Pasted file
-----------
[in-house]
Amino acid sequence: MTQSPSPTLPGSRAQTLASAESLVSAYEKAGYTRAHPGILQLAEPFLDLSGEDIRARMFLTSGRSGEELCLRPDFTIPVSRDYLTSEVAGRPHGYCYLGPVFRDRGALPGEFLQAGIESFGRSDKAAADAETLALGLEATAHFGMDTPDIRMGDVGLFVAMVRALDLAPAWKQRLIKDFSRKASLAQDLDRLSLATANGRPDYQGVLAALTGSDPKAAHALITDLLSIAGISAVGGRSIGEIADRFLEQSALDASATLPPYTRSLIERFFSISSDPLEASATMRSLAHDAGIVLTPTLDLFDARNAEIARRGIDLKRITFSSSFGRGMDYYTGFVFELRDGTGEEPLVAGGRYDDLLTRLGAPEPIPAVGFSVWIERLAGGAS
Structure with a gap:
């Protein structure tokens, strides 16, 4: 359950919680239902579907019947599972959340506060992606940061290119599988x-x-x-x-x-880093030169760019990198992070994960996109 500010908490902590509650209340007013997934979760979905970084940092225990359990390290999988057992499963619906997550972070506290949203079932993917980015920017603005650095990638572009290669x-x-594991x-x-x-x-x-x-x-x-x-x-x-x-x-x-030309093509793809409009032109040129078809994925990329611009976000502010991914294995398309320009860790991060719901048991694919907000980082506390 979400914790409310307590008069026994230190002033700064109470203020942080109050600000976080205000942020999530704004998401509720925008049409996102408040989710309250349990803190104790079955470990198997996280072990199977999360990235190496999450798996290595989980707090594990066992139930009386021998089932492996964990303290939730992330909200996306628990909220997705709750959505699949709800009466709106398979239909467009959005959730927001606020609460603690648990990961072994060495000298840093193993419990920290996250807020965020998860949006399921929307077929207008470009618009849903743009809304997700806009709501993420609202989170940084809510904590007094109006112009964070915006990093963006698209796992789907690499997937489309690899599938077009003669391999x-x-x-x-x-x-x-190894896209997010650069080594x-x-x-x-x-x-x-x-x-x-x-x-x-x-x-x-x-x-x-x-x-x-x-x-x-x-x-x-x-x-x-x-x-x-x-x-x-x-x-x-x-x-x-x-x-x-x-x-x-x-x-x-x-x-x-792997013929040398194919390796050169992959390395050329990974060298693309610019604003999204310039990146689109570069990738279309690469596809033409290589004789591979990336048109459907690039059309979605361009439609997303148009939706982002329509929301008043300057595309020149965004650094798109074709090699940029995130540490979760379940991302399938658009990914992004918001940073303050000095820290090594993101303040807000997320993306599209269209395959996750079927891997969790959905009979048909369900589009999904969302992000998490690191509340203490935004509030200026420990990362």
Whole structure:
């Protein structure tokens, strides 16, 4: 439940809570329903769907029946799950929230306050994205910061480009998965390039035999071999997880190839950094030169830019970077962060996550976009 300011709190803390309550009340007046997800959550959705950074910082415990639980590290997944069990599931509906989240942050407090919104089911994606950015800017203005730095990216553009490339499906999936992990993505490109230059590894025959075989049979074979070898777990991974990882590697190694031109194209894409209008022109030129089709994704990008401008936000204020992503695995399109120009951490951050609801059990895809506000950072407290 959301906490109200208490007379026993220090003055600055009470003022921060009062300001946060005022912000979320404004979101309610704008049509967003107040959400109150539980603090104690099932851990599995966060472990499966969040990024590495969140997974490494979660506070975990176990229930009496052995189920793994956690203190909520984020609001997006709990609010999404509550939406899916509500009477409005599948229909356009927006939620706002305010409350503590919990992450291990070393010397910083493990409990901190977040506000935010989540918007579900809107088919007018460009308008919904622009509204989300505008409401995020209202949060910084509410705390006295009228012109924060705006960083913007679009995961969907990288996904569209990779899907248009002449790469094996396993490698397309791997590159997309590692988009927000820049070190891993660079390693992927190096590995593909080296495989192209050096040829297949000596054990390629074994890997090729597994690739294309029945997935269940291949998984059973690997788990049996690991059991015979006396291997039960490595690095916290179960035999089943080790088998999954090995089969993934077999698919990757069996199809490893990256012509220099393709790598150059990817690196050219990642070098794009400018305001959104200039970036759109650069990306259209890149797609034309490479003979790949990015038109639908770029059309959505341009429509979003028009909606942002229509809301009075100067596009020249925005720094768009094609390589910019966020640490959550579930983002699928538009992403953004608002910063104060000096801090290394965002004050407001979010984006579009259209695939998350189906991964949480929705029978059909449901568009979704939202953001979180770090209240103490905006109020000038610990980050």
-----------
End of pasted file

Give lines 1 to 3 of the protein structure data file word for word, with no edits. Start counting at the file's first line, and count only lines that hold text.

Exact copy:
[in-house]
Amino acid sequence: MTQSPSPTLPGSRAQTLASAESLVSAYEKAGYTRAHPGILQLAEPFLDLSGEDIRARMFLTSGRSGEELCLRPDFTIPVSRDYLTSEVAGRPHGYCYLGPVFRDRGALPGEFLQAGIESFGRSDKAAADAETLALGLEATAHFGMDTPDIRMGDVGLFVAMVRALDLAPAWKQRLIKDFSRKASLAQDLDRLSLATANGRPDYQGVLAALTGSDPKAAHALITDLLSIAGISAVGGRSIGEIADRFLEQSALDASATLPPYTRSLIERFFSISSDPLEASATMRSLAHDAGIVLTPTLDLFDARNAEIARRGIDLKRITFSSSFGRGMDYYTGFVFELRDGTGEEPLVAGGRYDDLLTRLGAPEPIPAVGFSVWIERLAGGAS
Structure with a gap: